A version of this story originally appeared on MiSciWriters

Cephalopods are forcing us to rethink what it means to be colorblind

Octopuses, squids and cuttlefish should technically be colorblind. So how do they camouflage so well?

Ada Hagan


University of Michigan

Cephalopods—octopuses, cuttlefish, and squids—are masters of camouflage, altering their skin color and texture to blend into their surroundings. And some cephalopods use bright colors as mating displays. But based on what scientists know about cephalopods’ eyes, they should be color-blind. So why use color to attract mates? And how can they mimic colors with such incredible accuracy?

This question has stumped scientists for decades, and was a burning childhood question for Alexander Stubbs, a graduate student at the University of California at Berkeley. In a recent journal article, he and his father, a Harvard astrophysicist, report that they may have stumbled on the answer. According to the pair, their findings “may force us to rethink what it means to be a color-blind animal.”

Cuttlefish use bright colors in a mating display.

Living without color?

The anatomy of a human eye.

Matticus78 via Wikimedia Commons

Shifting our eyes to focus on objects near, far, and near again is something we do all the time. Human eyes function by focusing a single source of light through our cornea to a single point on the retina. When light hits our eyes, the cornea, pupil, and lens work together to focus the light on the retina at the back of the eye. Photoreceptor cells in the retina interpret color (cones) and contrast (rods), and direct the signal to the brain. To switch focus between objects at different distances, like from the screen of your phone to the crosswalk, small muscles in the eye contract, altering the curve of the lens to correct for distance.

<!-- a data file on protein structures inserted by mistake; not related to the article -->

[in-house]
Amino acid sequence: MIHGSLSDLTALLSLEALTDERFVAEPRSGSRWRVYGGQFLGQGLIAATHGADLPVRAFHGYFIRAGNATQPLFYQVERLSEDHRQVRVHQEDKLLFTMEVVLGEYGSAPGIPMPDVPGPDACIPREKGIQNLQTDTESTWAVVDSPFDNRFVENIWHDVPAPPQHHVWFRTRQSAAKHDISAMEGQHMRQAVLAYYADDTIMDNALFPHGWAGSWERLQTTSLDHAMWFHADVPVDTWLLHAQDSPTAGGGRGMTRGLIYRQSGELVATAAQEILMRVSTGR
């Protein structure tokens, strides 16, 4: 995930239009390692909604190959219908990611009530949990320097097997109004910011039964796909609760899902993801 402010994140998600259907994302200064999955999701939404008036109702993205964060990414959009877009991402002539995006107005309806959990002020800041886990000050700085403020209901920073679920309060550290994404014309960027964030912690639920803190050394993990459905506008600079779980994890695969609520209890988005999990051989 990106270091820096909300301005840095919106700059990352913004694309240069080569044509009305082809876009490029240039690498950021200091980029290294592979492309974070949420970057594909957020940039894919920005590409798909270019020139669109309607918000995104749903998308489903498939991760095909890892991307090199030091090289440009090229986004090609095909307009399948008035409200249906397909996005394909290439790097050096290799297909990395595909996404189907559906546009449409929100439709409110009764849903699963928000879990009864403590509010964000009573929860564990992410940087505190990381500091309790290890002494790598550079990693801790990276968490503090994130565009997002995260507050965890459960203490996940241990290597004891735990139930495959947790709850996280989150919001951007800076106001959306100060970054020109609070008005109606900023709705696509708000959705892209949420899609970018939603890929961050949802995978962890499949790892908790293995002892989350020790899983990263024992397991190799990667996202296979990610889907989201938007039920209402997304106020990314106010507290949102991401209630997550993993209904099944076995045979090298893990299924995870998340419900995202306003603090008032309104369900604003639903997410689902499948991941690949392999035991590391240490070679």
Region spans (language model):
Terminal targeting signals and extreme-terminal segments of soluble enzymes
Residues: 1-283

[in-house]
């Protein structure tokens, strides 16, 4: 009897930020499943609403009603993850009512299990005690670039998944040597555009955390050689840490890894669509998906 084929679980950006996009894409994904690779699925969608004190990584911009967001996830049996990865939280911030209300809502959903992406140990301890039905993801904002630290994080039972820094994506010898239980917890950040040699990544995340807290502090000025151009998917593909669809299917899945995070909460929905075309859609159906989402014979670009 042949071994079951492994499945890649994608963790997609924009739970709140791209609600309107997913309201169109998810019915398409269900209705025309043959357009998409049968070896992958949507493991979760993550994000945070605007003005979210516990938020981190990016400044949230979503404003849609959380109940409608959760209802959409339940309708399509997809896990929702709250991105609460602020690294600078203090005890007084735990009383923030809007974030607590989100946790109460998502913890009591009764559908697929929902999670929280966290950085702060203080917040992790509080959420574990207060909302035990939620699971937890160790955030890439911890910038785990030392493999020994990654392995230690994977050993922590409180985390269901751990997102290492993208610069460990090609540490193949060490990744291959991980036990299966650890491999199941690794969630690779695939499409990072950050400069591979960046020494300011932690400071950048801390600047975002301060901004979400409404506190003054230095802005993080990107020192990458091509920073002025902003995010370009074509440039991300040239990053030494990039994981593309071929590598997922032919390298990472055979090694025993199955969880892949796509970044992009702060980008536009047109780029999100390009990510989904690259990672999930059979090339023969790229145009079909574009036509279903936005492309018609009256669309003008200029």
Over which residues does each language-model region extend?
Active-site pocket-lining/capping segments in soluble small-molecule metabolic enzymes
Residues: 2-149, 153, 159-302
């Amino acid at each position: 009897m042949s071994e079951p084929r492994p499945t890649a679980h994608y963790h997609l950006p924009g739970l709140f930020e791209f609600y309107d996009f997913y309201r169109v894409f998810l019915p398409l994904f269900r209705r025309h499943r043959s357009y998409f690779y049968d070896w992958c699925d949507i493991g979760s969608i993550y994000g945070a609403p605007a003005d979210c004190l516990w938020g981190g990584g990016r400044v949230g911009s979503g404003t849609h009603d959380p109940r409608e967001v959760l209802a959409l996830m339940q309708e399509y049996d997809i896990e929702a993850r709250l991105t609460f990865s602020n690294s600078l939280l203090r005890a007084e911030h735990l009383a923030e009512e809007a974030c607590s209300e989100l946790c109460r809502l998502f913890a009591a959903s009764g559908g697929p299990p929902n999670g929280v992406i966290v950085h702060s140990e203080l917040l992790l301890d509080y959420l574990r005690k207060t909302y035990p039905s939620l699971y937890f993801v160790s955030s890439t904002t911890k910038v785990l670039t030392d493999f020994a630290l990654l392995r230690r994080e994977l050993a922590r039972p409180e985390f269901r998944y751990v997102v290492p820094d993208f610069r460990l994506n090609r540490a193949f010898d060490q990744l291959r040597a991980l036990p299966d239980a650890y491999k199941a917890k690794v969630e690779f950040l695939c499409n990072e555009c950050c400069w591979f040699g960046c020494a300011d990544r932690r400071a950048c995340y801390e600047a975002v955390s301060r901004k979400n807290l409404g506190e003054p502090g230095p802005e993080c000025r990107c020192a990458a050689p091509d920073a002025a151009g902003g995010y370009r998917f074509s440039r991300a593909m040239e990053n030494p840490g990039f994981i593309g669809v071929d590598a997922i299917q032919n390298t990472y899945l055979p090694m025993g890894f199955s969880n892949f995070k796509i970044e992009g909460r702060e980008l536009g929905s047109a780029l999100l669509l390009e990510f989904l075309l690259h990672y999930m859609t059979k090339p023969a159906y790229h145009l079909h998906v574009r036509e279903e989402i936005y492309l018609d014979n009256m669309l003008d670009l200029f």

Like human eyes, cephalopod eyes are also “camera-like,” and include a lens and a retina. However, the human eye has a small pupil centered in the middle of the eye. Cephalopods have large pupils that are either centered in the eye, in the case of octopuses or squids, or oddly U-shaped, like with cuttlefish. And while human eyes have multiple types of photoreceptor cells, cephalopods only have one type.

The realization that cephalopods have only one type of photoreceptor cell put scientists in an awkward position, since earlier studies indicated that cephalopods could distinguish between colors. Scientists have spent the last 20 years trying to reconcile those seemingly conflicting pieces of data and concluded that instead of colors, cephalopods were distinguishing between shades of grey. However, Stubbs and Stubbs believe that cephalopods perform a process called chromatic blurring to see colors, making them far from color-blind.

From left to right: octopus, squid, and cuttlefish

Octopus: Mgiganteus. Squid: wildxplorer. Cuttlefish: Alexander Vasenin.

Peering through the blur

When light passes through a lens or prism, each color of light is refracted at a different angle. Consider a rainbow. The separation of sunlight into the familiar ROYGBIV color spectrum occurs because it is refracted through raindrops. But because each color of light is refracted at a different angle, it causes them to come into focus at different distances from a lens, like your eye or a camera. This is called chromatic aberration. You don't notice this effect because a rainbow is so far away that your brain doesn't recognize the colors are out of focus.

Left: chromatic aberration, where each wavelength of light has a different focal point after being refracted. Right: Microscopes correct for this by creating an achromatic doublet, combining two different lenses.